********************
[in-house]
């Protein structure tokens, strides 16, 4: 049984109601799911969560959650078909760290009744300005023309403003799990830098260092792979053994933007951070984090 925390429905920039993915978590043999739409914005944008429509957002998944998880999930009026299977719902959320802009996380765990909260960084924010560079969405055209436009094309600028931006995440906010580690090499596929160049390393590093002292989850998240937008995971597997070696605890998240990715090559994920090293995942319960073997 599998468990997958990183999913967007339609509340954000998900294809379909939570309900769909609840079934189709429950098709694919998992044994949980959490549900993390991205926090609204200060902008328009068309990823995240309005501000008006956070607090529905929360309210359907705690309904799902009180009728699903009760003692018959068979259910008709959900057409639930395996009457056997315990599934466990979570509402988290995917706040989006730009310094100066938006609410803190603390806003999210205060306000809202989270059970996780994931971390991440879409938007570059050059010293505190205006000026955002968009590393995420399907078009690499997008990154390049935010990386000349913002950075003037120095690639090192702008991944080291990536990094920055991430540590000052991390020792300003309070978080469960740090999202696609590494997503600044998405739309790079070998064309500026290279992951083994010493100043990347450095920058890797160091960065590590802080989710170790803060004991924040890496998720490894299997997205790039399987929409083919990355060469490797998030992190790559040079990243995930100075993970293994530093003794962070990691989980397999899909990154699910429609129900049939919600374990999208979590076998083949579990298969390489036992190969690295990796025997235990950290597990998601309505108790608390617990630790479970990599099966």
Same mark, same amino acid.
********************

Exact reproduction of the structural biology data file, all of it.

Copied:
[in-house]
């Protein structure tokens, strides 16, 4: 049984109601799911969560959650078909760290009744300005023309403003799990830098260092792979053994933007951070984090 925390429905920039993915978590043999739409914005944008429509957002998944998880999930009026299977719902959320802009996380765990909260960084924010560079969405055209436009094309600028931006995440906010580690090499596929160049390393590093002292989850998240937008995971597997070696605890998240990715090559994920090293995942319960073997 599998468990997958990183999913967007339609509340954000998900294809379909939570309900769909609840079934189709429950098709694919998992044994949980959490549900993390991205926090609204200060902008328009068309990823995240309005501000008006956070607090529905929360309210359907705690309904799902009180009728699903009760003692018959068979259910008709959900057409639930395996009457056997315990599934466990979570509402988290995917706040989006730009310094100066938006609410803190603390806003999210205060306000809202989270059970996780994931971390991440879409938007570059050059010293505190205006000026955002968009590393995420399907078009690499997008990154390049935010990386000349913002950075003037120095690639090192702008991944080291990536990094920055991430540590000052991390020792300003309070978080469960740090999202696609590494997503600044998405739309790079070998064309500026290279992951083994010493100043990347450095920058890797160091960065590590802080989710170790803060004991924040890496998720490894299997997205790039399987929409083919990355060469490797998030992190790559040079990243995930100075993970293994530093003794962070990691989980397999899909990154699910429609129900049939919600374990999208979590076998083949579990298969390489036992190969690295990796025997235990950290597990998601309505108790608390617990630790479970990599099966």
Same mark, same amino acid.